Mr. RINALDO. I want to thank you very much. I think the testimony of this panel has been very constructive. As you know, by way of summary, we in Congress, in my view, are going to have to approve some medicare legislation in the next few years, possibly as early as the next year or two. And we have to do our best to maintain benefits in the face of health care inflation that is pro jected to remain at double digit rates. The Congressional Budget Office puts it at 13.8 percent through 1995.
It is obvious we will need revenues. We may not be able to expand benefits as much as we would like, and we have got to get a handle on health costs. I think that has been dramatically pointed out at this hearing.
I am going to push for more hearings by this committee and I want to state to all of the people who could not testify today that I would appreciate it if they would like to testify at some future hearing, to please write to the Select Committee on Aging and we will do everything possible in an effort to have your name placed on a list for one of our future hearings.
I want to once again thank all of the panelists. I think you have come up with some excellent proposed solutions, and maybe one of these days we will see them put into effect.
The hearing of the Select Committee on Aging is now adjourned. [Whereupon at 12:37 p.m., the hearing was adjourned.]
510 East Front Street Plainfield, New Jersey 07060 March 24, 1983
Congressman Matt Rinaldo
Dear Congressman Rinaldo:
On behalf of the residents of Richmond Towers, we would like to thank the House Select Committee on Aging for the opportunity to present testimony to the hearing reviewing the issue of the impending crisis in Medicare financing.
Richmond Towers is a federally subsidized low-income senior citizen apartment complex in Plainfield, New Jersey, housing 265 residents. All the residents live on fixed retirement incomes; the majority of the residents survive economically on social security alone.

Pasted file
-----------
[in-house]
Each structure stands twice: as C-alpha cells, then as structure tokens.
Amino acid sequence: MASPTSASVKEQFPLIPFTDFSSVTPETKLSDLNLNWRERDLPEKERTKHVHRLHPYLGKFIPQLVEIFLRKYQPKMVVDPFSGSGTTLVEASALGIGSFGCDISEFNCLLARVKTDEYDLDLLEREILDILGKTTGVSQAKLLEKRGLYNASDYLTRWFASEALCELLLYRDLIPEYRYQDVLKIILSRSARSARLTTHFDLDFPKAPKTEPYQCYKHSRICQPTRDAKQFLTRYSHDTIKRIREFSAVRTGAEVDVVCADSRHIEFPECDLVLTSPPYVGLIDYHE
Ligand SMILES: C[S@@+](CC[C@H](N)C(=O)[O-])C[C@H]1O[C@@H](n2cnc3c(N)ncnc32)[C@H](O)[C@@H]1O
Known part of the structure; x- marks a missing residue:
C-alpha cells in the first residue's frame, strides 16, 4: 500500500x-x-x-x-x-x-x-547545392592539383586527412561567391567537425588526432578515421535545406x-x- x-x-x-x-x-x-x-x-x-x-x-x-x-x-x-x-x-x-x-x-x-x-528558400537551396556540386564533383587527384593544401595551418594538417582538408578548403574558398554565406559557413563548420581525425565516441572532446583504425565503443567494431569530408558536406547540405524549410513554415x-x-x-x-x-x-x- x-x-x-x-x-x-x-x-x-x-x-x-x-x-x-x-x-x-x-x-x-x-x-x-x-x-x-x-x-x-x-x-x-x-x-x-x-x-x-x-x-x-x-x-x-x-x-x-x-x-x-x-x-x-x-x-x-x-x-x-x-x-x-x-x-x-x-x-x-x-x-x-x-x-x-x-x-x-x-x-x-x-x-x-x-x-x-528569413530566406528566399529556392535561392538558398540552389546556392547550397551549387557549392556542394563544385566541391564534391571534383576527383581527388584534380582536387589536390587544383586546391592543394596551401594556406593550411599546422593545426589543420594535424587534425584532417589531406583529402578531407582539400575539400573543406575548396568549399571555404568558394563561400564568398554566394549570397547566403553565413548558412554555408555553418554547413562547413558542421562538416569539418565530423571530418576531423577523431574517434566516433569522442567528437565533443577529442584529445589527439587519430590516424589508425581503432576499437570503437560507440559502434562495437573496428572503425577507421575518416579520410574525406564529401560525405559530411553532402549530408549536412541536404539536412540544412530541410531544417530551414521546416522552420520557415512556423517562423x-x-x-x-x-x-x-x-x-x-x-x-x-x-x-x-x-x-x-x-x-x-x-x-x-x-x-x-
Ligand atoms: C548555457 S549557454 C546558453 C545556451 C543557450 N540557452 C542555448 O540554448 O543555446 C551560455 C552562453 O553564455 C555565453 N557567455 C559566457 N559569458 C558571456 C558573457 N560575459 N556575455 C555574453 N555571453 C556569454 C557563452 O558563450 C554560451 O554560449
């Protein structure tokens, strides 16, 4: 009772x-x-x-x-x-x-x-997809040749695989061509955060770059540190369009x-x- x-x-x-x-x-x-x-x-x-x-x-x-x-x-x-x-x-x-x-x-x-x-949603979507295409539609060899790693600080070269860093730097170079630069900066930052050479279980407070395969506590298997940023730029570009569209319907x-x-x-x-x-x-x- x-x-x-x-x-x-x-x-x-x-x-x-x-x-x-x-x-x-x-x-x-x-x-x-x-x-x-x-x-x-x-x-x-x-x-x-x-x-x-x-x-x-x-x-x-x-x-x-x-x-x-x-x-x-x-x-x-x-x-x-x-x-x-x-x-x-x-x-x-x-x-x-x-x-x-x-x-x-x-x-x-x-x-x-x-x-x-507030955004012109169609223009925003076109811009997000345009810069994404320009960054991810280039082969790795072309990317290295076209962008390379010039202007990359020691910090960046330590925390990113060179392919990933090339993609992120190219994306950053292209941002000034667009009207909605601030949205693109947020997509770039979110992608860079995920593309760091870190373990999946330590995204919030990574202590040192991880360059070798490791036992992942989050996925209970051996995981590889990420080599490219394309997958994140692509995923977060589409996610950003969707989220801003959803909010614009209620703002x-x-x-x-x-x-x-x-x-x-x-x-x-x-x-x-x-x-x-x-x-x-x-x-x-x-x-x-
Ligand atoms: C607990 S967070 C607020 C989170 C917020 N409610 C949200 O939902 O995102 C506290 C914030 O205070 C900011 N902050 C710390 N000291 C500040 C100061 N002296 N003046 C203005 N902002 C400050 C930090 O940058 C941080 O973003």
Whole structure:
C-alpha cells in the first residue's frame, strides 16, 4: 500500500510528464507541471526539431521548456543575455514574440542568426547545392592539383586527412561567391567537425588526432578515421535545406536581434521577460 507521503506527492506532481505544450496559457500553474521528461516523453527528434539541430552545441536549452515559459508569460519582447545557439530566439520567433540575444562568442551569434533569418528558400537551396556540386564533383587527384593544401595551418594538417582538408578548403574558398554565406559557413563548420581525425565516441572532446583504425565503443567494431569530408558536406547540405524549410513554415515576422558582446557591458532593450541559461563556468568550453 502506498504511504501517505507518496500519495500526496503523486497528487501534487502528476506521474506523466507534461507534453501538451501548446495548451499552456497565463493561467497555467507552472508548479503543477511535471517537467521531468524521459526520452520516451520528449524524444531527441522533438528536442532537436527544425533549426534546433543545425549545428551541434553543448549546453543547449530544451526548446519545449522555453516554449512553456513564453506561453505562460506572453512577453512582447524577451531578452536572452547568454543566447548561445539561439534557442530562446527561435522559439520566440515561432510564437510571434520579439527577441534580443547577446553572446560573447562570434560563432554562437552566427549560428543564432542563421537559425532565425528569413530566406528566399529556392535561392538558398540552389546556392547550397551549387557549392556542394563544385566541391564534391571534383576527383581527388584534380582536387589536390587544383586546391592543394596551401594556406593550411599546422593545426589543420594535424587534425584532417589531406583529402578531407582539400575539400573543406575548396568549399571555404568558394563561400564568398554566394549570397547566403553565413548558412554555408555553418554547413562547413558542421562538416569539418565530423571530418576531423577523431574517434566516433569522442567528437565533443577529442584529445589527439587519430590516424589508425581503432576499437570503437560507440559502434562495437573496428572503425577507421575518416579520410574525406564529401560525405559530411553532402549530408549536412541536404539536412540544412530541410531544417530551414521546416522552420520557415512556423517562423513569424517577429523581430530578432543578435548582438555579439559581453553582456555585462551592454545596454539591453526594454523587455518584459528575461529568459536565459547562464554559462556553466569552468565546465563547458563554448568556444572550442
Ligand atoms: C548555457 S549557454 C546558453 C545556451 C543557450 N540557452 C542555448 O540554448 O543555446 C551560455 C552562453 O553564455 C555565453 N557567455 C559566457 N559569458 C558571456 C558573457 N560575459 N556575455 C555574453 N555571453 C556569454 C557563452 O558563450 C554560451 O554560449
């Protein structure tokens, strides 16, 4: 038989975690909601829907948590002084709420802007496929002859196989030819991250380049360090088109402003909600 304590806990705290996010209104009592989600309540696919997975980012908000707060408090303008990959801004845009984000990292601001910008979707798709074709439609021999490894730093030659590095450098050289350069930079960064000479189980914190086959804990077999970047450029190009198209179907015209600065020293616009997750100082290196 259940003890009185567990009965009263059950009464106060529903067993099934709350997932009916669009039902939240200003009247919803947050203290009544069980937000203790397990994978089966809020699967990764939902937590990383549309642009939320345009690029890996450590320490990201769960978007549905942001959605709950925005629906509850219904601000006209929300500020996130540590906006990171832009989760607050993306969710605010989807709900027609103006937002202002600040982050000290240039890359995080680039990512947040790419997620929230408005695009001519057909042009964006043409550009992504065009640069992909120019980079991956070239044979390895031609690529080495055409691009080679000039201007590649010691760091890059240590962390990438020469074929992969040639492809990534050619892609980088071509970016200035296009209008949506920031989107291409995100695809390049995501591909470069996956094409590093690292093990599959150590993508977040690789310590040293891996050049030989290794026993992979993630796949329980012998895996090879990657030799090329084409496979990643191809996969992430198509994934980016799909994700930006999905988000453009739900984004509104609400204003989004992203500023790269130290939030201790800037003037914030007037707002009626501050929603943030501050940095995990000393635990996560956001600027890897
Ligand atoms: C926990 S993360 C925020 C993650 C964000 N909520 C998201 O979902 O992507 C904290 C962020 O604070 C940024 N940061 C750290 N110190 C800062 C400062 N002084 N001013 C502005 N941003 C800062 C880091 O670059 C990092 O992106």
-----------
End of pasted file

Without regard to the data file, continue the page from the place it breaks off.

As our resident population has become older, there has been a greater dependency on medical care. We have consequently seen a greater share of our fixed incomes being spent to pay medical bills.
The Residents Association of Richmond Towers would like to go on record as having presented our options and opinions to the House Select Committee on Aging. The four alternatives to Medicare financing suggested in your letter of March 15, 1983, were presented to our residents at our monthly meeting of the Residents Association. The Residents Association is an independent incorporated body of the residents living at Richmond Towers. The residents strongly urge the Congress to subsidize the Medicare fund through:
Enacting additional cost containment reforms that would not cut the
It is necessary to the survival of every senior citizen to have adequate medical care available. It is as equally important to be able to afford medical care on a fixed income. We appeal to the House Select Committee on Aging to find viable and ethically moral solutions to the financial crisis.
Frances Gerty, President, Residents Assn.